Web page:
Is Social Media Accountable?

No matter what system of government or ideology, to some extent, every country in the world yearns for tools to control Internet content, especially social media content.

Except for extreme cases, such as China, social media has for now managed to dodge censorship. In the exercise of freedom of speech and under the protection of regulations such as Section 230 of U.S. telecommunication law, Google, Twitter and Facebook generally are not liable for content that users upload.

Ten years ago with the Arab Spring, a libertarian and romantic myth grew up around social media. This is a myth that fades more and more. Until the violent insurrection at the Capitol in Washington in January, it was not known how far Big Tech could go in handling social media. It is now clear that they are ready to “disconnect” anyone whose messages are undesirable, including the president himself, in spite of former President Donald Trump’s accusations that they are “crazy left-wing radicals that are afraid of the truth.”*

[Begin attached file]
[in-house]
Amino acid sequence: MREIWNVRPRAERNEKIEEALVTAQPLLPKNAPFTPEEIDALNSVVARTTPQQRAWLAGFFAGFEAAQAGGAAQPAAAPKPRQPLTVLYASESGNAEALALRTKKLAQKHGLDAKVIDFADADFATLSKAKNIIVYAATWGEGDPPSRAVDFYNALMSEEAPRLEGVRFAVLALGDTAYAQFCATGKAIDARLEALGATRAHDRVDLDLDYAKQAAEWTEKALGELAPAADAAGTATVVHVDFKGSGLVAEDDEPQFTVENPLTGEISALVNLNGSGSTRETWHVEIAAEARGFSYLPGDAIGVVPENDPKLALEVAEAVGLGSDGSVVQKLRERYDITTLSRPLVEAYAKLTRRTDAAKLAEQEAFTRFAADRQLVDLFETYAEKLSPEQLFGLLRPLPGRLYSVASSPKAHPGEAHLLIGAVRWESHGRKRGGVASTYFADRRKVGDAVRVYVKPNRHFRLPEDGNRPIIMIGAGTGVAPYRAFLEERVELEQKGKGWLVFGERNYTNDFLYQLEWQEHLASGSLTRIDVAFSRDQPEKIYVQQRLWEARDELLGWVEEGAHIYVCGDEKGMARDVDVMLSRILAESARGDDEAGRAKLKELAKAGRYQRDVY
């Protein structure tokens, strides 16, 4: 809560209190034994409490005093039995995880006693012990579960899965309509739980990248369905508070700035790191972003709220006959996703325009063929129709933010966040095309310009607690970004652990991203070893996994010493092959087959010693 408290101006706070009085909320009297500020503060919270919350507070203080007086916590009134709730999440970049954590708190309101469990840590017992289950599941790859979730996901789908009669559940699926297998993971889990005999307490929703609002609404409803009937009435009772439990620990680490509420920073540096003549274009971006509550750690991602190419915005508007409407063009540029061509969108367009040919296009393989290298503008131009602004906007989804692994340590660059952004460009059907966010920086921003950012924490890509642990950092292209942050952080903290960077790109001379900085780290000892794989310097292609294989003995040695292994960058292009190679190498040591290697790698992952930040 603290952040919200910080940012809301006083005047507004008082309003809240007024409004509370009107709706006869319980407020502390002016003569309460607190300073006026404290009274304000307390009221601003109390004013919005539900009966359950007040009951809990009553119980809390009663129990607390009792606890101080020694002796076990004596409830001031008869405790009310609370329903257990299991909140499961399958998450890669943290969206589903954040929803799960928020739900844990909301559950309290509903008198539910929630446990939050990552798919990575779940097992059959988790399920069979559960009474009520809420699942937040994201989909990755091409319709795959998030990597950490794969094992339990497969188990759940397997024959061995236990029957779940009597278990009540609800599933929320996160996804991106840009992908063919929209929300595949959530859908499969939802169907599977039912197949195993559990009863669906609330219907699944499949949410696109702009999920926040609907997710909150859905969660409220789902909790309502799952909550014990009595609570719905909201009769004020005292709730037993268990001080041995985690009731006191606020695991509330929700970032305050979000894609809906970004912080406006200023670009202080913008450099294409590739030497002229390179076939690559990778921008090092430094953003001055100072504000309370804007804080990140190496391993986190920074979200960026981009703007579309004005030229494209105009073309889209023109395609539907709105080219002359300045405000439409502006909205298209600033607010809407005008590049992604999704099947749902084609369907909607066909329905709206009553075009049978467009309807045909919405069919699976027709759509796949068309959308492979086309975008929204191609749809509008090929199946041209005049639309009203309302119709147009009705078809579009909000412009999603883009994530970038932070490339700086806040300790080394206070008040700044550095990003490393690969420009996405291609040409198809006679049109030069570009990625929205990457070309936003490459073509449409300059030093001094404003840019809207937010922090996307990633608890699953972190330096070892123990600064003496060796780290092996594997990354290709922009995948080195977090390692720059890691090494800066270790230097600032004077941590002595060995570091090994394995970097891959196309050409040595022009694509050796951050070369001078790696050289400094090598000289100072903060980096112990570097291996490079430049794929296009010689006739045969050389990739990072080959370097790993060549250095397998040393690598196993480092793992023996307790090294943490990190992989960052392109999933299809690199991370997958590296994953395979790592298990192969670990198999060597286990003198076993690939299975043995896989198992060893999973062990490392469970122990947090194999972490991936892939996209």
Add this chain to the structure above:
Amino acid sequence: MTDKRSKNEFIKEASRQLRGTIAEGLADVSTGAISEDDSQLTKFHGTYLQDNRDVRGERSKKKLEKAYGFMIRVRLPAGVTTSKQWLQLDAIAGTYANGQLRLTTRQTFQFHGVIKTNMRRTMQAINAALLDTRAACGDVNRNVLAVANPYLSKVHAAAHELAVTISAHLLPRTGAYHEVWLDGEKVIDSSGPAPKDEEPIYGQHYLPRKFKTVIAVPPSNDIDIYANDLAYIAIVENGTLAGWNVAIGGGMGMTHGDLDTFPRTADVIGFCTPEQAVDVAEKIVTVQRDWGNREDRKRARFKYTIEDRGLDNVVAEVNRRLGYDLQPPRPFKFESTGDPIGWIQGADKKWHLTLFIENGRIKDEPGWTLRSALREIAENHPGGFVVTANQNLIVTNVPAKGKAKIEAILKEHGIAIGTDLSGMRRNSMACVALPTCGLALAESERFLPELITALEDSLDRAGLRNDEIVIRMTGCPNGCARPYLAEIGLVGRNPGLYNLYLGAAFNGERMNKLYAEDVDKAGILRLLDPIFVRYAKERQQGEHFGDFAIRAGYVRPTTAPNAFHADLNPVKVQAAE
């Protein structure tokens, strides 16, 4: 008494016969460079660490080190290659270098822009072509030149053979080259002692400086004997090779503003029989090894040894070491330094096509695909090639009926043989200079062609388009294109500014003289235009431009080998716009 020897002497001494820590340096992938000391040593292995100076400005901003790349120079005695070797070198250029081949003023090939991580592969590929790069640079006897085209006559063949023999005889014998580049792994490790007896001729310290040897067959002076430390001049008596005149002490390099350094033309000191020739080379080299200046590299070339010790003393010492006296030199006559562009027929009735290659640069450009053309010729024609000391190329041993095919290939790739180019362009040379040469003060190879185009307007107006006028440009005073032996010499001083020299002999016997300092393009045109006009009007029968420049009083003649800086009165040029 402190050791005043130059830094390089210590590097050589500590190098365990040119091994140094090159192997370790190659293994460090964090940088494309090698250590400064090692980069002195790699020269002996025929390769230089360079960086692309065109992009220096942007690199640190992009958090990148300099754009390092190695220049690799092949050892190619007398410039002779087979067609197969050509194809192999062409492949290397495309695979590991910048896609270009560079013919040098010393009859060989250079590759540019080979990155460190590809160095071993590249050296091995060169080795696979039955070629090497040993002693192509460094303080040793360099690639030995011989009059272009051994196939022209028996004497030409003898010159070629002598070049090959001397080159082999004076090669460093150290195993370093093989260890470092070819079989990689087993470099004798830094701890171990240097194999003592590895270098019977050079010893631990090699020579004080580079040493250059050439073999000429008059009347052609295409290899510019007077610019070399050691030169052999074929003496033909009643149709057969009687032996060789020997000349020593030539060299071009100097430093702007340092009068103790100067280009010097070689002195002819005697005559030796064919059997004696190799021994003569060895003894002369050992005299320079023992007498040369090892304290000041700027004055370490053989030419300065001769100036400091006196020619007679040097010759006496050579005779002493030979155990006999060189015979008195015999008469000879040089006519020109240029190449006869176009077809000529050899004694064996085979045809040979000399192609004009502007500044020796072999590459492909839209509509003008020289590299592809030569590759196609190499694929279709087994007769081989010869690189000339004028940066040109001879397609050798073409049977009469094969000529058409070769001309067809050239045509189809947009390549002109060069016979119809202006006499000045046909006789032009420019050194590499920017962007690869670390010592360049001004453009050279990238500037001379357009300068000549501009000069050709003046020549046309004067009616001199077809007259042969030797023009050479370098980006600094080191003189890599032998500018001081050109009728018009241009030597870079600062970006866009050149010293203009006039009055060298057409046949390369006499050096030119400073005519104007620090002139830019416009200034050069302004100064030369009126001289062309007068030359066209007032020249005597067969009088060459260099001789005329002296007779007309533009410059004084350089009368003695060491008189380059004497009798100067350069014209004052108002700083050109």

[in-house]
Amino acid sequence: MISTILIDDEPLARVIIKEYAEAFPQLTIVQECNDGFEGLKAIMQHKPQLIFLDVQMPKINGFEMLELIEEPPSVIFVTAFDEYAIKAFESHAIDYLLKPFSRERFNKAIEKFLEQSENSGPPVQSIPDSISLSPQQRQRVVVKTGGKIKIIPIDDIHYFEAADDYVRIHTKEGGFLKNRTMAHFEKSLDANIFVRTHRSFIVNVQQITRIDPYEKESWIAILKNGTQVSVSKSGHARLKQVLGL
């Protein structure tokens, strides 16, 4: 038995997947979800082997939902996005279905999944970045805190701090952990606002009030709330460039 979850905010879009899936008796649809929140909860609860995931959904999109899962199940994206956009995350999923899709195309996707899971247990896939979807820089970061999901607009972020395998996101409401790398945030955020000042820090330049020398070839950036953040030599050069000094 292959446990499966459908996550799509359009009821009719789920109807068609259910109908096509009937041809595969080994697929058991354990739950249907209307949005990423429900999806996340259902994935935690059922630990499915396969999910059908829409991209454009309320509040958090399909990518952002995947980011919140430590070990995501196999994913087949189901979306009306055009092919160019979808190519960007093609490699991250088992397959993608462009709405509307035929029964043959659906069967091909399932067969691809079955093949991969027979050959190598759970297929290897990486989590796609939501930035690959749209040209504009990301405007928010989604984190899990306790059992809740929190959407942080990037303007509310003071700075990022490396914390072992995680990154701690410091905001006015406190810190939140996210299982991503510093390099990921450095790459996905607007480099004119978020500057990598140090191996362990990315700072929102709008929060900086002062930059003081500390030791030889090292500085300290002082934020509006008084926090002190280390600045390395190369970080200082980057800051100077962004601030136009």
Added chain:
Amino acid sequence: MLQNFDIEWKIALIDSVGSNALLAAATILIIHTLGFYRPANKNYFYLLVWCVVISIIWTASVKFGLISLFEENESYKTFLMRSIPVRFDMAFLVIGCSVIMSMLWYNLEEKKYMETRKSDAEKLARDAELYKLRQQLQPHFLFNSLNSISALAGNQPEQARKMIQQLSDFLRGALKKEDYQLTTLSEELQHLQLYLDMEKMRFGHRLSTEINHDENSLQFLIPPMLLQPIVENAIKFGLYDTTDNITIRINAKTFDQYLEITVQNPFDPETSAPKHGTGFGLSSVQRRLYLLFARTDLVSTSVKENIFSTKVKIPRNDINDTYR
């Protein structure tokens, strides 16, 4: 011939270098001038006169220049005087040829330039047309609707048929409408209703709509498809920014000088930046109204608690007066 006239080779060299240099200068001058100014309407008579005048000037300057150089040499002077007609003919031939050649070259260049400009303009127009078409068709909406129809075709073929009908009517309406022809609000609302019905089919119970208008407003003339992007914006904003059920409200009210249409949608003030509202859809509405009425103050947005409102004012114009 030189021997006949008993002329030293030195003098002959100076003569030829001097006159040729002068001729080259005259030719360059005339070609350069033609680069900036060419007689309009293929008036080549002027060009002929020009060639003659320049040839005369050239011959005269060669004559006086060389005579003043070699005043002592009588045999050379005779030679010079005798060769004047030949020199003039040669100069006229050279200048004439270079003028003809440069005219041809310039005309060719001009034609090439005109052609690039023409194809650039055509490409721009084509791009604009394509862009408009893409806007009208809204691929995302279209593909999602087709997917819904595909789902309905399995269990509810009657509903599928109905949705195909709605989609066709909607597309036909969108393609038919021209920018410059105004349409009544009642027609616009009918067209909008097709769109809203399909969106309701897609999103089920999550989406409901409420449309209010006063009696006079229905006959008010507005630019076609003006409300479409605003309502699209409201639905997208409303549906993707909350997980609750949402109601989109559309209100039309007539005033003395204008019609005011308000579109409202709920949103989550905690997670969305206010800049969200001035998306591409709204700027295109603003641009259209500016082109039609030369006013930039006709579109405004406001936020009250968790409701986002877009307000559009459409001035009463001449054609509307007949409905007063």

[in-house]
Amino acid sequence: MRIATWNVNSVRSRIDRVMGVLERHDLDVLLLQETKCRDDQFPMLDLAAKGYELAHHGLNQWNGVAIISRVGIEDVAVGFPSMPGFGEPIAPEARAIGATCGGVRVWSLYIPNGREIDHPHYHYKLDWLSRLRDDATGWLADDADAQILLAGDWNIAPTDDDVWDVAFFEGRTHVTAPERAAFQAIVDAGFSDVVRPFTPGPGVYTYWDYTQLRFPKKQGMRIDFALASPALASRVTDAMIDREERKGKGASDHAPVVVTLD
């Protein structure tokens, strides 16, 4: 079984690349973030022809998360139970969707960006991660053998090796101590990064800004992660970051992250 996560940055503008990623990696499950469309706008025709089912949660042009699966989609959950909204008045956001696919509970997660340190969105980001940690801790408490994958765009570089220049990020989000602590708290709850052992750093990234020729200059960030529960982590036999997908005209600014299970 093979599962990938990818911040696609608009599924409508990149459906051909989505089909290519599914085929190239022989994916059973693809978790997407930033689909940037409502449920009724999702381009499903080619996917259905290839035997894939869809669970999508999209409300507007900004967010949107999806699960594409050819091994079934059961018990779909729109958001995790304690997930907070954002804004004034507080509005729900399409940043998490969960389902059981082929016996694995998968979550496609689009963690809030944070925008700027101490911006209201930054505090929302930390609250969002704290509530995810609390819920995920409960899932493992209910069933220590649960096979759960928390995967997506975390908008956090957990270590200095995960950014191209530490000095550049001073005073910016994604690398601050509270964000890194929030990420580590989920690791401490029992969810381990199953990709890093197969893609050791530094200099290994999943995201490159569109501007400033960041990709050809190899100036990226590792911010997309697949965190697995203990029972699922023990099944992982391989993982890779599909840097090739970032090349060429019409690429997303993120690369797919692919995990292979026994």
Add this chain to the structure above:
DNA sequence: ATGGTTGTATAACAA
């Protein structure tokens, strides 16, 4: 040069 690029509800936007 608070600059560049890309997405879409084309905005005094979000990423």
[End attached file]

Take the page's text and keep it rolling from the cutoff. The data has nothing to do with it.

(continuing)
In the case of Facebook, the decision to censor the president recently received support from its “Supreme Court,” with the warning that the same should be done against other world leaders and that, for this reason, Facebook must create objective parameters. Legitimizing this censorship could have enormous legal significance. Social media would be forced to suppress content that violates a determined legal statute or constitutional standard and not simply be at their discretion.

It’s a reality: companies whose principal business is the exploitation of personal data ended up being, in practice, arbiters of truth and free speech. In spite of all the well-deserved criticism, social media is the only platform that hundreds of millions of people have to make themselves heard.

The French Revolution happened without firing a single tweet. In the modern world, with neither God nor laws, social and political change, for better or worse, will happen through social media.

*Editor’s Note: This quote, though correctly translated, could not be sourced

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